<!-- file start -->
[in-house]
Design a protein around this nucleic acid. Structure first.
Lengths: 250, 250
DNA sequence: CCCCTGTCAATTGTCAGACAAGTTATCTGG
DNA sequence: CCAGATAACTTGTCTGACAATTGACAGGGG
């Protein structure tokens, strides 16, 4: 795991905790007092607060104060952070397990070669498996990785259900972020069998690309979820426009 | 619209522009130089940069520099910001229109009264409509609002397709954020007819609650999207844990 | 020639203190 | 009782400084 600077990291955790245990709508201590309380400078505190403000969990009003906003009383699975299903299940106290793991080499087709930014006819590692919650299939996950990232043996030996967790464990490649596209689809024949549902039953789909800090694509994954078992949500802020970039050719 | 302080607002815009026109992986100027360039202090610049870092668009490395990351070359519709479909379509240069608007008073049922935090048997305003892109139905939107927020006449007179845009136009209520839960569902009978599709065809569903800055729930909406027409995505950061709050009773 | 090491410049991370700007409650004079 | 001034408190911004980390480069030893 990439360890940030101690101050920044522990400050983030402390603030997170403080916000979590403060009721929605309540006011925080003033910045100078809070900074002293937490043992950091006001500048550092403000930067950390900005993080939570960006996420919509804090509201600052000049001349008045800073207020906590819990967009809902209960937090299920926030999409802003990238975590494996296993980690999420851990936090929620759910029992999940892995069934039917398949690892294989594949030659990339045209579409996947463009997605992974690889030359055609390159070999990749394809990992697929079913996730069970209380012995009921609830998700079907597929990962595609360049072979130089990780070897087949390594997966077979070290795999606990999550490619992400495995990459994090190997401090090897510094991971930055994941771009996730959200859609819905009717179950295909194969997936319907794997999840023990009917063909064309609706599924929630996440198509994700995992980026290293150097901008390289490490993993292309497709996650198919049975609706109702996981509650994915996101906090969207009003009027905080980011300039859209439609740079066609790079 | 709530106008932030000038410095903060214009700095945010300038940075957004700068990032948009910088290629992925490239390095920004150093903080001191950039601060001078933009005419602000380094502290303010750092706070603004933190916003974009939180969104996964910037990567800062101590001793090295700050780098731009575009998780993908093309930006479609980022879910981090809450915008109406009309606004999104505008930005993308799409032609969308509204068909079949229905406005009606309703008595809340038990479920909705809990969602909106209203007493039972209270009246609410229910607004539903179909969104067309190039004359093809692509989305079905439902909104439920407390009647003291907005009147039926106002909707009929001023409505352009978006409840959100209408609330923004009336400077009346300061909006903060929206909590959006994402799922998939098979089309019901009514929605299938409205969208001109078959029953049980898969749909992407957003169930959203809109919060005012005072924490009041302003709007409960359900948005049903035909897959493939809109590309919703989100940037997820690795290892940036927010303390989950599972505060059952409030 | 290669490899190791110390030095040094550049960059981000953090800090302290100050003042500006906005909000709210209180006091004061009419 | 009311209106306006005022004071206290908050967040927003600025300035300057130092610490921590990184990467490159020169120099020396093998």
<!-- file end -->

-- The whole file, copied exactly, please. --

[in-house]
Design a protein around this nucleic acid. Structure first.
Lengths: 250, 250
DNA sequence: CCCCTGTCAATTGTCAGACAAGTTATCTGG
DNA sequence: CCAGATAACTTGTCTGACAATTGACAGGGG
């Protein structure tokens, strides 16, 4: 795991905790007092607060104060952070397990070669498996990785259900972020069998690309979820426009 | 619209522009130089940069520099910001229109009264409509609002397709954020007819609650999207844990 | 020639203190 | 009782400084 600077990291955790245990709508201590309380400078505190403000969990009003906003009383699975299903299940106290793991080499087709930014006819590692919650299939996950990232043996030996967790464990490649596209689809024949549902039953789909800090694509994954078992949500802020970039050719 | 302080607002815009026109992986100027360039202090610049870092668009490395990351070359519709479909379509240069608007008073049922935090048997305003892109139905939107927020006449007179845009136009209520839960569902009978599709065809569903800055729930909406027409995505950061709050009773 | 090491410049991370700007409650004079 | 001034408190911004980390480069030893 990439360890940030101690101050920044522990400050983030402390603030997170403080916000979590403060009721929605309540006011925080003033910045100078809070900074002293937490043992950091006001500048550092403000930067950390900005993080939570960006996420919509804090509201600052000049001349008045800073207020906590819990967009809902209960937090299920926030999409802003990238975590494996296993980690999420851990936090929620759910029992999940892995069934039917398949690892294989594949030659990339045209579409996947463009997605992974690889030359055609390159070999990749394809990992697929079913996730069970209380012995009921609830998700079907597929990962595609360049072979130089990780070897087949390594997966077979070290795999606990999550490619992400495995990459994090190997401090090897510094991971930055994941771009996730959200859609819905009717179950295909194969997936319907794997999840023990009917063909064309609706599924929630996440198509994700995992980026290293150097901008390289490490993993292309497709996650198919049975609706109702996981509650994915996101906090969207009003009027905080980011300039859209439609740079066609790079 | 709530106008932030000038410095903060214009700095945010300038940075957004700068990032948009910088290629992925490239390095920004150093903080001191950039601060001078933009005419602000380094502290303010750092706070603004933190916003974009939180969104996964910037990567800062101590001793090295700050780098731009575009998780993908093309930006479609980022879910981090809450915008109406009309606004999104505008930005993308799409032609969308509204068909079949229905406005009606309703008595809340038990479920909705809990969602909106209203007493039972209270009246609410229910607004539903179909969104067309190039004359093809692509989305079905439902909104439920407390009647003291907005009147039926106002909707009929001023409505352009978006409840959100209408609330923004009336400077009346300061909006903060929206909590959006994402799922998939098979089309019901009514929605299938409205969208001109078959029953049980898969749909992407957003169930959203809109919060005012005072924490009041302003709007409960359900948005049903035909897959493939809109590309919703989100940037997820690795290892940036927010303390989950599972505060059952409030 | 290669490899190791110390030095040094550049960059981000953090800090302290100050003042500006906005909000709210209180006091004061009419 | 009311209106306006005022004071206290908050967040927003600025300035300057130092610490921590990184990467490159020169120099020396093998």